Iranian President Hassan Rouhani has declared that Tehran will try to establish more relations with its neighbors once President Donald Trump is out of office, and claims that the government’s aggressive strategy to contain Iran has failed.
At a cabinet meeting on Wednesday, Rouhani told ministers that the US “maximum pressure” approach to Iran had suffered a “humiliating” defeat against the resistant regime in Tehran.
Rouhani – a moderate whose term of office ends next summer – said Iran would now try to build closer relations with other regional nations. The president said Trump has been an “obstacle” to such efforts over the past four years, according to state press television.
“We have established good relations in recent years with certain neighbors such as Iraq, Turkey, Afghanistan and Azerbaijan, but also with other friendly countries such as Russia, China and others,” Rouhani said, according to Mehr news agency. “I feel that the atmosphere is better prepared for closer relations with all our friends”.
The Iranian leadership remains defiant in the face of the Trump offensive, even amid reports that the government plans to impose a new series of sanctions on Iran every week until the inauguration of President-elect Joe Biden on January 20.
Trump’s sanctions – which were imposed piecemeal after he withdrew from the nuclear business of the Joint Comprehensive Plan of Action (JCPOA) in 2018 – have, in conjunction with the coronavirus pandemic, brought the Iranian economy to a standstill. The regime in Tehran has resorted to violence to suppress popular demonstrations against rising costs and persistently poor economic performance.
Iranian officials will have wanted Trump to draw the short straw last week against the president’s challenger, Joe Biden, in the hope that a democratic government led by a JCPOA supporter would bring much-needed sanctions relief. In fact, National Intelligence Director John Ratcliffe said last month that Iran was interfering in the election to undermine the incumbent president.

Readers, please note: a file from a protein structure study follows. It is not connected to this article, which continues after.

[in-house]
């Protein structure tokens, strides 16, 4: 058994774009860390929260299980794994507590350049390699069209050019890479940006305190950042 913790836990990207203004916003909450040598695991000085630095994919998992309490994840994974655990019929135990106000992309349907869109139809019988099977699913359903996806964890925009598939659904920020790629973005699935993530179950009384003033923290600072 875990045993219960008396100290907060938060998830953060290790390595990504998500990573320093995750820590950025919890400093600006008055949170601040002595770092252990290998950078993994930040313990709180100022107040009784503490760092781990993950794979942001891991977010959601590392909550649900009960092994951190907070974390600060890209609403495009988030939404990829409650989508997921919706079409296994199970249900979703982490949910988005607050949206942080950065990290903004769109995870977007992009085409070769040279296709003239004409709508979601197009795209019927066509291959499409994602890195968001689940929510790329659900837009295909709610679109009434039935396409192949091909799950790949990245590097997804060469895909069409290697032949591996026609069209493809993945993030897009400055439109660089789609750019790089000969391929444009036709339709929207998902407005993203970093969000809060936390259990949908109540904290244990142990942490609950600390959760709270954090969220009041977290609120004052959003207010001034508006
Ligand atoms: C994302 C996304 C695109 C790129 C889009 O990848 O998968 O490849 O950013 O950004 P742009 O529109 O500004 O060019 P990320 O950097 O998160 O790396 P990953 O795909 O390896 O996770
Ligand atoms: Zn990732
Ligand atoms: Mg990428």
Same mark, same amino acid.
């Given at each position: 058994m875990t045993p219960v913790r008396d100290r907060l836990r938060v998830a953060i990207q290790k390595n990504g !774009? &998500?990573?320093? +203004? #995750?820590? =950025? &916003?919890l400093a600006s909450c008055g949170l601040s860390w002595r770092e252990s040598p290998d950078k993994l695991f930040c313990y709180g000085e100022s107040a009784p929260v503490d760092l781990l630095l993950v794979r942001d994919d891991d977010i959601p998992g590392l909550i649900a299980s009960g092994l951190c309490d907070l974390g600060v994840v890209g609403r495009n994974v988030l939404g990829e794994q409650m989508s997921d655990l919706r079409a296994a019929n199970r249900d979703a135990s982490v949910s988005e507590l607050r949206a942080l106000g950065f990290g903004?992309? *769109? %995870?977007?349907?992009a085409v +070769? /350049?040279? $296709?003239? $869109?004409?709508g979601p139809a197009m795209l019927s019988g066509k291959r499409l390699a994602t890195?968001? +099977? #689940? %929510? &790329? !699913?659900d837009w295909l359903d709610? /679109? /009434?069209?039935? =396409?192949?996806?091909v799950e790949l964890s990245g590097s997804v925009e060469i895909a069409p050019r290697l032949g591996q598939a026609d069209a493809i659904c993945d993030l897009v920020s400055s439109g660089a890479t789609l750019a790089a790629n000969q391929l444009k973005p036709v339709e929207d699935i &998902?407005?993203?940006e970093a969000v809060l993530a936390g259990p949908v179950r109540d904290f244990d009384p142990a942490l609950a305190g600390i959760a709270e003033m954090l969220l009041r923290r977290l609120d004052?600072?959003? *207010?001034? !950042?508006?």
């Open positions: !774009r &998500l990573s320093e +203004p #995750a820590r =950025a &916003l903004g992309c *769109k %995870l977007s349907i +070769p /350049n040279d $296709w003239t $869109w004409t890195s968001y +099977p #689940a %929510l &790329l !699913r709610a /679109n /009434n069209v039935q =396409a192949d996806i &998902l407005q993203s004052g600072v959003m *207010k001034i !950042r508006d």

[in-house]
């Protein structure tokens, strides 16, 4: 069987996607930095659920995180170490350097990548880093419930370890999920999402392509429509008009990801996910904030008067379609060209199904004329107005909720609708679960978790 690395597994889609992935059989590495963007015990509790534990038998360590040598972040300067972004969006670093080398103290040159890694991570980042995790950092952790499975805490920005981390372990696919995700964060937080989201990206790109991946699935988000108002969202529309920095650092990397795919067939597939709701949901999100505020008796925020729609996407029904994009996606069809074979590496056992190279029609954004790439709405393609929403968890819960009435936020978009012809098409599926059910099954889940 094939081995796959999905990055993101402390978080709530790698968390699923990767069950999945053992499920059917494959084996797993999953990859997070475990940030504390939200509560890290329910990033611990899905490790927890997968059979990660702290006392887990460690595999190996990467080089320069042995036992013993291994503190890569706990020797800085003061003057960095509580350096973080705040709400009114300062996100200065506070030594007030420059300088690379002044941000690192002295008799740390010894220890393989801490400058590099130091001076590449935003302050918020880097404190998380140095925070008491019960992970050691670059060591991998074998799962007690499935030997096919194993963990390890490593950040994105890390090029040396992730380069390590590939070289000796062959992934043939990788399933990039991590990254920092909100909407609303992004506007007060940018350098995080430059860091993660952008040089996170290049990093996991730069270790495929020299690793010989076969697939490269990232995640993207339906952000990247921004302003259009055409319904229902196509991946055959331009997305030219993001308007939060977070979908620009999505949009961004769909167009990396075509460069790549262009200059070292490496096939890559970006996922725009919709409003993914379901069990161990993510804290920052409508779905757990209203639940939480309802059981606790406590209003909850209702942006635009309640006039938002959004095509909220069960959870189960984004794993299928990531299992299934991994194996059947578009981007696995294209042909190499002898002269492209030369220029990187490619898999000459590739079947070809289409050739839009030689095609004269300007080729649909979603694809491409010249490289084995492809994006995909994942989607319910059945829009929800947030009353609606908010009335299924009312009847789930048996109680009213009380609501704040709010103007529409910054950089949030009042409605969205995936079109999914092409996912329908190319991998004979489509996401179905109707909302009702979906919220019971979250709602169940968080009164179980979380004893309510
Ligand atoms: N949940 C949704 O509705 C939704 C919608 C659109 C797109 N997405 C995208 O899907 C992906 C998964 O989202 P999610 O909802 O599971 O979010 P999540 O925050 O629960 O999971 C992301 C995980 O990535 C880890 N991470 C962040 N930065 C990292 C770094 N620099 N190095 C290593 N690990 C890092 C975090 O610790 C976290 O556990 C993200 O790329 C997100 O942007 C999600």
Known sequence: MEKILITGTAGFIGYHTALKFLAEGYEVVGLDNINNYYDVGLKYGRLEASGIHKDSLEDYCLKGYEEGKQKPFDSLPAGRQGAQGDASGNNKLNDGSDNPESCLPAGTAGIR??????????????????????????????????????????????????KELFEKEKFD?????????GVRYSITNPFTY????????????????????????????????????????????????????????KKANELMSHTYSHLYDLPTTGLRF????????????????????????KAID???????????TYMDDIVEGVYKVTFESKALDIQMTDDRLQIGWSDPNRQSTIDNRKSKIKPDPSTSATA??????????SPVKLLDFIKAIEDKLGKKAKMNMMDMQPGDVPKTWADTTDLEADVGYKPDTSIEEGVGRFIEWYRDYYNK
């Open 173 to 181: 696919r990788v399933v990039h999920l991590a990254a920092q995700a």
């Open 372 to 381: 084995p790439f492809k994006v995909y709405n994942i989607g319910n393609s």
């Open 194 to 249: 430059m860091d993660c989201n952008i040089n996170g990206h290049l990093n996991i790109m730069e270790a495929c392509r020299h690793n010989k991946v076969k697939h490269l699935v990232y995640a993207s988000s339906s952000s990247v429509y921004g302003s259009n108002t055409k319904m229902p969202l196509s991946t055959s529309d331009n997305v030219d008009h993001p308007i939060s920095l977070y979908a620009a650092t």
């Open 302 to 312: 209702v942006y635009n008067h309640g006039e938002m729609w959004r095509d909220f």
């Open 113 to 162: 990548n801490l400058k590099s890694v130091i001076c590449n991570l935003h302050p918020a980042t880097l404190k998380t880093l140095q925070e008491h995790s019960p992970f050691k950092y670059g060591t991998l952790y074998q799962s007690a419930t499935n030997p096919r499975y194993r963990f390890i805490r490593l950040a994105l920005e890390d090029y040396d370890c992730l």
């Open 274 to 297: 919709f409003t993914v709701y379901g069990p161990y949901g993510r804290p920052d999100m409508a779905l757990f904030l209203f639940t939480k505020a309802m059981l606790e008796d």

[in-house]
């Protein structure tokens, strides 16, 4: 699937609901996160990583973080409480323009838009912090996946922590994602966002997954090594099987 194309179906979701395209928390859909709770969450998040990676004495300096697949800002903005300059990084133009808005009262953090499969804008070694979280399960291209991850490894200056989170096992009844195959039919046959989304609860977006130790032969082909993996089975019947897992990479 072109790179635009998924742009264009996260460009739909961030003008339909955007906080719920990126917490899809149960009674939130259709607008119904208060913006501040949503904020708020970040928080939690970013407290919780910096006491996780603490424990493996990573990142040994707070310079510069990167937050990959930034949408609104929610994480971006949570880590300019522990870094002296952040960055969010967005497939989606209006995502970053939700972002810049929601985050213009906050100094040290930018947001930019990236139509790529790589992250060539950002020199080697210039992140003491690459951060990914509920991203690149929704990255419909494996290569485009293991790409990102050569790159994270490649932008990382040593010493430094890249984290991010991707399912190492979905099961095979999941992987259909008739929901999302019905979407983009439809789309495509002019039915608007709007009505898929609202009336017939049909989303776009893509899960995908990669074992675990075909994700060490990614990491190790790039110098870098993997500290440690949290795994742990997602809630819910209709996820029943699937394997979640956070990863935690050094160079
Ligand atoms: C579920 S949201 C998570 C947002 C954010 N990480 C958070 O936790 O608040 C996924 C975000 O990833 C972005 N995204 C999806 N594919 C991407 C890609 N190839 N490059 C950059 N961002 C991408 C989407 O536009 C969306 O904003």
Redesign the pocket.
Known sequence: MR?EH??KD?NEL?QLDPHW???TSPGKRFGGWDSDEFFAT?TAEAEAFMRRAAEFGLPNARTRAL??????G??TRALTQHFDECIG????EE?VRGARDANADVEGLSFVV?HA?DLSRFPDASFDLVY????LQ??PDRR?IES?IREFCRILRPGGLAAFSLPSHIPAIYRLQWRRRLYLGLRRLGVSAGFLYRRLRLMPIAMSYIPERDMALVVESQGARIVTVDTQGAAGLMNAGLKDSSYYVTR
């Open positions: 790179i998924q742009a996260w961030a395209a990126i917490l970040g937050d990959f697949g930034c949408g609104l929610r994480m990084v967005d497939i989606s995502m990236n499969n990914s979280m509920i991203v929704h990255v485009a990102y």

Iranian leaders have publicly claimed that it is irrelevant who is in the White House, but behind closed doors they know that is not true.
Biden has already said that he wants to rejoin the JCPOA, but has also said that he wants to curb Iran’s ballistic missile program and the use of regional deputies. Iran is open to revitalizing the JCPOA, but has repeatedly refused to negotiate on its missile research or regional activities.
It could become even more difficult to reach a new agreement this summer when Rouhani is to be replaced by a hardline candidate-perhaps even one from the powerful Islamic Revolutionary Guard Corps. Such a president would be less willing to come to the table with the Americans.
Iranian Foreign Minister Javad Zarif said on Wednesday that Tehran is waiting to see what Biden actually does, not what he says. “The individual is certainly important, but what counts are the behaviors and actions,” Zarif said as he arrived in Pakistan for talks with his counterpart. “The Islamic Republic is waiting for these actions from the new US administration.
Iranian Deputy Foreign Minister Abbas Araqchi told the Islamic Republic News Agency that Tehran is open to rejoining the JCPOA, but only after negotiations with the new government.